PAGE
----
Like many of Wharton's protagonists, they're society people, but they're not actually rich -- they're basically hangers-on who sponge off their wealthy friends.  Theirs is not a traditional love story by any means.  They've set up an unusual agreement -- they know that they can live for at least a year on the wedding gifts and cash that their wealthy friends give them; after that, if one of them gets a better offer, they're free to divorce and move on, which sounds rather cold-hearted and mercenary, more like a business agreement than the basis of a marriage.

Of course, things don't work out as planned.  Various friends lend them fabulous houses and apartments that they're not using, but in reality, nothing is really free -- there's always some kind of condition or favor that's expected in return.  After awhile, this causes problems in the marriage, and then circumstances change that could upset the original arrangement altogether.  Susy and Nick start to realize that their marriage has changed them both, and they begin to want different things out of life.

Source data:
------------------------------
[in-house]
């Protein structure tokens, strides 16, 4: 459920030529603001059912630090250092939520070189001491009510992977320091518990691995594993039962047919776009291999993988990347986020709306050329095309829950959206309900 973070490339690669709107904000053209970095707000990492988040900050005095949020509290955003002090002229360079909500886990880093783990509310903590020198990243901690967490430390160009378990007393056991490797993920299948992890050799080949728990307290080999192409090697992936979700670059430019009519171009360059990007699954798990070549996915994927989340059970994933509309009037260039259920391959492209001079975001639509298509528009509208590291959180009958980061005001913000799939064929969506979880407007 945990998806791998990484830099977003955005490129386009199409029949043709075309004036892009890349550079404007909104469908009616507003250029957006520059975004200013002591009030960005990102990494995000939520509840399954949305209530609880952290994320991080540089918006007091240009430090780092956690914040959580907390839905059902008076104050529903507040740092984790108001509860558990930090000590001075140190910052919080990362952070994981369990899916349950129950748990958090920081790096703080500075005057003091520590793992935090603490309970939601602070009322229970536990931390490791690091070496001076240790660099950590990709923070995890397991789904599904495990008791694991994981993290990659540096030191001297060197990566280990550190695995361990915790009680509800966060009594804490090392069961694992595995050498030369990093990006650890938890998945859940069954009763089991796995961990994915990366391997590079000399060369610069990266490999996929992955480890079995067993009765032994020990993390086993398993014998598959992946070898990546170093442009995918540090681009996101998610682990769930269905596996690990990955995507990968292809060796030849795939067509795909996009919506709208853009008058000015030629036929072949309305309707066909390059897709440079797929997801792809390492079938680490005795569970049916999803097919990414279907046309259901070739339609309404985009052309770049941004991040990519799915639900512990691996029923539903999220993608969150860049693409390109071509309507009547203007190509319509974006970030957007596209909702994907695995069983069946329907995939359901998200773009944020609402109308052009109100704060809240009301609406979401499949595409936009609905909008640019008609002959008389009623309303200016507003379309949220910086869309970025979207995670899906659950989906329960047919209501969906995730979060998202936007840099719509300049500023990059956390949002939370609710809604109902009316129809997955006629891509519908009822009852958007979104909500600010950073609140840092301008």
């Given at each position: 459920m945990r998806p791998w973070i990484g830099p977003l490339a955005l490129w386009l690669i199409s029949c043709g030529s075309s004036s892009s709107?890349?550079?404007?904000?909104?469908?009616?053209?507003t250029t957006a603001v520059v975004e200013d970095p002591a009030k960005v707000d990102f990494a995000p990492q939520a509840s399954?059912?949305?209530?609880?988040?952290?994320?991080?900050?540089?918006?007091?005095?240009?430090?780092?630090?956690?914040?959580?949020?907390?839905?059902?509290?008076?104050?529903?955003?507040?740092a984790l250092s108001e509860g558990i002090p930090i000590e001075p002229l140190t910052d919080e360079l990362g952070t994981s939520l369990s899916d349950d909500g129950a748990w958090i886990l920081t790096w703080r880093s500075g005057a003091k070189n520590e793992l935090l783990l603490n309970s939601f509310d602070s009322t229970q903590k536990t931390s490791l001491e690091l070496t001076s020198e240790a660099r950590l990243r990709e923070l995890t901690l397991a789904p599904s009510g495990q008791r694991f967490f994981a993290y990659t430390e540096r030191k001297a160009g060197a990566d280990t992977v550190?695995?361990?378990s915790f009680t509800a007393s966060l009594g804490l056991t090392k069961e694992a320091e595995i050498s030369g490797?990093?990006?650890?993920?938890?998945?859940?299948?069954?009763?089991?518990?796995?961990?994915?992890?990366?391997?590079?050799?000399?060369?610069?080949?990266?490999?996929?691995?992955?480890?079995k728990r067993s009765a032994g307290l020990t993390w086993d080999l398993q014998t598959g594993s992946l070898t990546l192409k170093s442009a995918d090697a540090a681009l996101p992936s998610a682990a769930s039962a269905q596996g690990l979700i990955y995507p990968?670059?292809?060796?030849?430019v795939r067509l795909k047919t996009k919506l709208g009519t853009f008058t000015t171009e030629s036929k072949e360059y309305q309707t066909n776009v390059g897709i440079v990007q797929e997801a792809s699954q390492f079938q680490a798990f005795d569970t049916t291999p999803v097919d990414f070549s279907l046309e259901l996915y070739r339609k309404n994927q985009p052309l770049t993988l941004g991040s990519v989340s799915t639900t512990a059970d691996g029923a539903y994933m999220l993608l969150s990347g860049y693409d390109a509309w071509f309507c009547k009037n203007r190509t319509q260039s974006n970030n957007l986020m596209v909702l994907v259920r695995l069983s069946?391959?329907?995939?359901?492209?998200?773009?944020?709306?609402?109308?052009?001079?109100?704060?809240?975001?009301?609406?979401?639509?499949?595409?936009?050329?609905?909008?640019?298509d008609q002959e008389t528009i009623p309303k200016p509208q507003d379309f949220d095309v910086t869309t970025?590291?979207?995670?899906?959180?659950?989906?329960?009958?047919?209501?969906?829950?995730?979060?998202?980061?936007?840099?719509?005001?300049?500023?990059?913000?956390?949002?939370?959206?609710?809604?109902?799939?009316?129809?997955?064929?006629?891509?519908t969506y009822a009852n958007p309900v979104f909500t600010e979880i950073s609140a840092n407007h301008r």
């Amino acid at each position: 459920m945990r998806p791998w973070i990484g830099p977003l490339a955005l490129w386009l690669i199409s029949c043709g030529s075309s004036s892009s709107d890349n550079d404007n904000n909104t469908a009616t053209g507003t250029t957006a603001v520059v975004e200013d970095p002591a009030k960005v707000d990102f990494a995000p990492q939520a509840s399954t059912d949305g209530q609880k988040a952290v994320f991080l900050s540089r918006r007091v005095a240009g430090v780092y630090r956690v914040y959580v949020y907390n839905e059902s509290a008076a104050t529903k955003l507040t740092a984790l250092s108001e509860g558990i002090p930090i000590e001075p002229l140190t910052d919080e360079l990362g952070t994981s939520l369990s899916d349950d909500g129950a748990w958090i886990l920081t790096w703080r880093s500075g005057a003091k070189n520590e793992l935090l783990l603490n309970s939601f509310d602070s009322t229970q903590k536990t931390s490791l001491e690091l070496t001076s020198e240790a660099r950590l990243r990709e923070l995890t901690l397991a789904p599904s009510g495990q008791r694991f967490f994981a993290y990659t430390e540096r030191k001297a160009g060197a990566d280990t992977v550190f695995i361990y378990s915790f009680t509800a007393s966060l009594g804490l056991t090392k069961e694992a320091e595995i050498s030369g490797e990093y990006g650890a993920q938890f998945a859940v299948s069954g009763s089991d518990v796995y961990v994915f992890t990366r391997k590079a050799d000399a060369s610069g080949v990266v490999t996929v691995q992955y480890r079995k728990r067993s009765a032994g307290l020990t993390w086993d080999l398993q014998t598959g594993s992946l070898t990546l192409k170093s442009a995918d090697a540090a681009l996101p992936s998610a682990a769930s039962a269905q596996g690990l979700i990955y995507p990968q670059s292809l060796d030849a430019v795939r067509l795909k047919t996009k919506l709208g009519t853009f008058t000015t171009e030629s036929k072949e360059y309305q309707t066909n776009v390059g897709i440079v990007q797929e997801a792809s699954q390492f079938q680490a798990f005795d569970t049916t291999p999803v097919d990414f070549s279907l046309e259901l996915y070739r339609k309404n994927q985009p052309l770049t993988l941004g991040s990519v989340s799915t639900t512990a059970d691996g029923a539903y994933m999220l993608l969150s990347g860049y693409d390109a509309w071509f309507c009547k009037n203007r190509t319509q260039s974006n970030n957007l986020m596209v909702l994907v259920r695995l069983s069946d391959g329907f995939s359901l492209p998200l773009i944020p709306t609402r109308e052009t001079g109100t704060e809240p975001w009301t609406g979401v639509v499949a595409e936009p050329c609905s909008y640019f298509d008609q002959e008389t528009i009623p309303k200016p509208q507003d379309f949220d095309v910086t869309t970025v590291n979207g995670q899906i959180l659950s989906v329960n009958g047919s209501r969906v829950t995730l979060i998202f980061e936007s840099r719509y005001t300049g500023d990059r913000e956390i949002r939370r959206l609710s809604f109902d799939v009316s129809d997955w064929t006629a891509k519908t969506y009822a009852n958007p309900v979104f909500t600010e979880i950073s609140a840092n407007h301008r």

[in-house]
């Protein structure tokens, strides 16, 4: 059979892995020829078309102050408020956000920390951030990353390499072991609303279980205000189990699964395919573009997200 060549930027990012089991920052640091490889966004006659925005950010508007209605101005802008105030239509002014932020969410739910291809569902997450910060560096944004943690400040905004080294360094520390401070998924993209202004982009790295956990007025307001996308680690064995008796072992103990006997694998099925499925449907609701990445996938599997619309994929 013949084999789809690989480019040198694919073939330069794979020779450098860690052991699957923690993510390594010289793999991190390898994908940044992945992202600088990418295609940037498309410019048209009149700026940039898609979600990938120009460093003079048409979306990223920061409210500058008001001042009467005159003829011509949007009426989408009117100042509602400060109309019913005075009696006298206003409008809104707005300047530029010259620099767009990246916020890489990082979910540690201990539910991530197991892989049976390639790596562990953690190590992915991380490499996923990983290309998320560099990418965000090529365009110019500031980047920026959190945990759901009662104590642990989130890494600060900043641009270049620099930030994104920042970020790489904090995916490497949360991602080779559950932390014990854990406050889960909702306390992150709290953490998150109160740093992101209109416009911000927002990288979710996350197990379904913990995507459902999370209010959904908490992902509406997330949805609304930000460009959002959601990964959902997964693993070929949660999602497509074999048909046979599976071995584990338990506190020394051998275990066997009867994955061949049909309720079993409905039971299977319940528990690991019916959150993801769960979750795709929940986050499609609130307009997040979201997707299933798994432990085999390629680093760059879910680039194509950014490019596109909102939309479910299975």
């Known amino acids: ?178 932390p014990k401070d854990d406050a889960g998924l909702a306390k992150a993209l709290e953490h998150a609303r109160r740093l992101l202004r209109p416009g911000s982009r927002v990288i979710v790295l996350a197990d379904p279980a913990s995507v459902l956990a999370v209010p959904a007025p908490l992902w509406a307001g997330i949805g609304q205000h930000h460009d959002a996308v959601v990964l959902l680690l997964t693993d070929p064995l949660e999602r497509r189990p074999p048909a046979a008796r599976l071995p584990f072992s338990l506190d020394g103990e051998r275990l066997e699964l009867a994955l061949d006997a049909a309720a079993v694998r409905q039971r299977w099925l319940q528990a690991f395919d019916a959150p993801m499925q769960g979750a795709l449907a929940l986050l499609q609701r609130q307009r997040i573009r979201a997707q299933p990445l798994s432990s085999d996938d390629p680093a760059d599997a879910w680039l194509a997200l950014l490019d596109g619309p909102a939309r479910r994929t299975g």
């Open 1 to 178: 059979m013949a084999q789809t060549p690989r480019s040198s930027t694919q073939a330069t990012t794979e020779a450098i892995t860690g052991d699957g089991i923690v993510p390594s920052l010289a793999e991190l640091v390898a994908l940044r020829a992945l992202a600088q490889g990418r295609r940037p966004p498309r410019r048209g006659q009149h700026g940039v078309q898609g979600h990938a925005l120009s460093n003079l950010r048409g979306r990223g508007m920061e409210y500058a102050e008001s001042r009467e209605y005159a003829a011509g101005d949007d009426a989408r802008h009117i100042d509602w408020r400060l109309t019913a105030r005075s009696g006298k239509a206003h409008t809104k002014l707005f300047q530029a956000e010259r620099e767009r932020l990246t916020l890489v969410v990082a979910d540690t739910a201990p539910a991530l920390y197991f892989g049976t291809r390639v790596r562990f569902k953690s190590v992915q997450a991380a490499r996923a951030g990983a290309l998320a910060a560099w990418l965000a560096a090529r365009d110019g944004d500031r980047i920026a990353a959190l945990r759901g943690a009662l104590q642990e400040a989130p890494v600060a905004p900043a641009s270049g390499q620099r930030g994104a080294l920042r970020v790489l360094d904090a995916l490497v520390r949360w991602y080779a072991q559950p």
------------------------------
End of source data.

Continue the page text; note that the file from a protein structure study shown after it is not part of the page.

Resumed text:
This book had some of the same themes as Wharton's previous novels, but it still seemed modern.  Susy Lansing reminded me of Lily Bart from House of Mirth, and what Lily's story might have been if it were set in the 1920s instead of thirty years before.  Nick Lansing also reminded me of Lawrence Selden. 


I love this art-deco cover. 
This was a fast read and I really enjoyed it.  I found the characters well-developed, though I wish there were more back-story about Susy), and as always, Wharton's writing was excellent, with a lot of witty observations.  It was an easy, fast read, and I got really invested in the characters and how it would all play out in the end, which I found very satisfying.  The Glimpses of the Moon is definitely one of my favorites by Wharton so far.